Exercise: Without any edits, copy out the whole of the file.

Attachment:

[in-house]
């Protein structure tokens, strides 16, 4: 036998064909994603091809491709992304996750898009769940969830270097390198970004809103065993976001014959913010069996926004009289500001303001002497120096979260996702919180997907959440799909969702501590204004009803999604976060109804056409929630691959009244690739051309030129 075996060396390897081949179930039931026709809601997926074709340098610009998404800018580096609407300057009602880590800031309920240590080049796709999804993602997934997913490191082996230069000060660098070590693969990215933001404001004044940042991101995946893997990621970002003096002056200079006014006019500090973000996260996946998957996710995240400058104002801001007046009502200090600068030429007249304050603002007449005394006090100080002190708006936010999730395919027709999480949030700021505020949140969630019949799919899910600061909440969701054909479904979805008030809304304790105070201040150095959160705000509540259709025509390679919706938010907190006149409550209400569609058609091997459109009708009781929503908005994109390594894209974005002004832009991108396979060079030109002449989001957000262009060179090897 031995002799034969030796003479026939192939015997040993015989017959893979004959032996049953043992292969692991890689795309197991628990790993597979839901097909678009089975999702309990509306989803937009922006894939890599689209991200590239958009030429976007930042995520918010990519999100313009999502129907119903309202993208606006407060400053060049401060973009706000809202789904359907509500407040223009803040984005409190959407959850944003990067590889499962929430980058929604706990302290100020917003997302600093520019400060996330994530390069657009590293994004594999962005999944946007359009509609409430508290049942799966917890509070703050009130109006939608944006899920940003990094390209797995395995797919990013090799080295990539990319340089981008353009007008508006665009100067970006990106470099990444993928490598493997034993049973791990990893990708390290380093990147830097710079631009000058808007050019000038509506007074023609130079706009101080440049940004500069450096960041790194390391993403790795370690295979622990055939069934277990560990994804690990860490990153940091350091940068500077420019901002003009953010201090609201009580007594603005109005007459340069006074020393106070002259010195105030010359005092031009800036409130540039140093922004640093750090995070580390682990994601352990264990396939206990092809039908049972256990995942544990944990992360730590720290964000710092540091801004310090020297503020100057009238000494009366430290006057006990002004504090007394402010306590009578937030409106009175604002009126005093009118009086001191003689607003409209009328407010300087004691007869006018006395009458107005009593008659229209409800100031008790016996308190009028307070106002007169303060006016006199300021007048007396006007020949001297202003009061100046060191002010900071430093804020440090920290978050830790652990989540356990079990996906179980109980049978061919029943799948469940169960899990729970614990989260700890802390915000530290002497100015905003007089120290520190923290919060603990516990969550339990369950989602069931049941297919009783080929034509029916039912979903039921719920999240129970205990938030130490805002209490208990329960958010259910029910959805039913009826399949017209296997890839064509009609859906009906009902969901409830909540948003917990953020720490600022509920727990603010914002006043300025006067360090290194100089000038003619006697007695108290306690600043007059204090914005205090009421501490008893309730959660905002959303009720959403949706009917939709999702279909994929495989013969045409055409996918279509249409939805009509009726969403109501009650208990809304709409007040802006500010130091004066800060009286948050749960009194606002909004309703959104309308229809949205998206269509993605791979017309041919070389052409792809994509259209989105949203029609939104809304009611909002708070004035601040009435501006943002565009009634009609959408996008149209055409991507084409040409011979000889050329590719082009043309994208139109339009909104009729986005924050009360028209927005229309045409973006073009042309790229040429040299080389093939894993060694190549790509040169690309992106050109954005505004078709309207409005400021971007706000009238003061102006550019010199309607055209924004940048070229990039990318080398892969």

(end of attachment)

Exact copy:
[in-house]
């Protein structure tokens, strides 16, 4: 036998064909994603091809491709992304996750898009769940969830270097390198970004809103065993976001014959913010069996926004009289500001303001002497120096979260996702919180997907959440799909969702501590204004009803999604976060109804056409929630691959009244690739051309030129 075996060396390897081949179930039931026709809601997926074709340098610009998404800018580096609407300057009602880590800031309920240590080049796709999804993602997934997913490191082996230069000060660098070590693969990215933001404001004044940042991101995946893997990621970002003096002056200079006014006019500090973000996260996946998957996710995240400058104002801001007046009502200090600068030429007249304050603002007449005394006090100080002190708006936010999730395919027709999480949030700021505020949140969630019949799919899910600061909440969701054909479904979805008030809304304790105070201040150095959160705000509540259709025509390679919706938010907190006149409550209400569609058609091997459109009708009781929503908005994109390594894209974005002004832009991108396979060079030109002449989001957000262009060179090897 031995002799034969030796003479026939192939015997040993015989017959893979004959032996049953043992292969692991890689795309197991628990790993597979839901097909678009089975999702309990509306989803937009922006894939890599689209991200590239958009030429976007930042995520918010990519999100313009999502129907119903309202993208606006407060400053060049401060973009706000809202789904359907509500407040223009803040984005409190959407959850944003990067590889499962929430980058929604706990302290100020917003997302600093520019400060996330994530390069657009590293994004594999962005999944946007359009509609409430508290049942799966917890509070703050009130109006939608944006899920940003990094390209797995395995797919990013090799080295990539990319340089981008353009007008508006665009100067970006990106470099990444993928490598493997034993049973791990990893990708390290380093990147830097710079631009000058808007050019000038509506007074023609130079706009101080440049940004500069450096960041790194390391993403790795370690295979622990055939069934277990560990994804690990860490990153940091350091940068500077420019901002003009953010201090609201009580007594603005109005007459340069006074020393106070002259010195105030010359005092031009800036409130540039140093922004640093750090995070580390682990994601352990264990396939206990092809039908049972256990995942544990944990992360730590720290964000710092540091801004310090020297503020100057009238000494009366430290006057006990002004504090007394402010306590009578937030409106009175604002009126005093009118009086001191003689607003409209009328407010300087004691007869006018006395009458107005009593008659229209409800100031008790016996308190009028307070106002007169303060006016006199300021007048007396006007020949001297202003009061100046060191002010900071430093804020440090920290978050830790652990989540356990079990996906179980109980049978061919029943799948469940169960899990729970614990989260700890802390915000530290002497100015905003007089120290520190923290919060603990516990969550339990369950989602069931049941297919009783080929034509029916039912979903039921719920999240129970205990938030130490805002209490208990329960958010259910029910959805039913009826399949017209296997890839064509009609859906009906009902969901409830909540948003917990953020720490600022509920727990603010914002006043300025006067360090290194100089000038003619006697007695108290306690600043007059204090914005205090009421501490008893309730959660905002959303009720959403949706009917939709999702279909994929495989013969045409055409996918279509249409939805009509009726969403109501009650208990809304709409007040802006500010130091004066800060009286948050749960009194606002909004309703959104309308229809949205998206269509993605791979017309041919070389052409792809994509259209989105949203029609939104809304009611909002708070004035601040009435501006943002565009009634009609959408996008149209055409991507084409040409011979000889050329590719082009043309994208139109339009909104009729986005924050009360028209927005229309045409973006073009042309790229040429040299080389093939894993060694190549790509040169690309992106050109954005505004078709309207409005400021971007706000009238003061102006550019010199309607055209924004940048070229990039990318080398892969």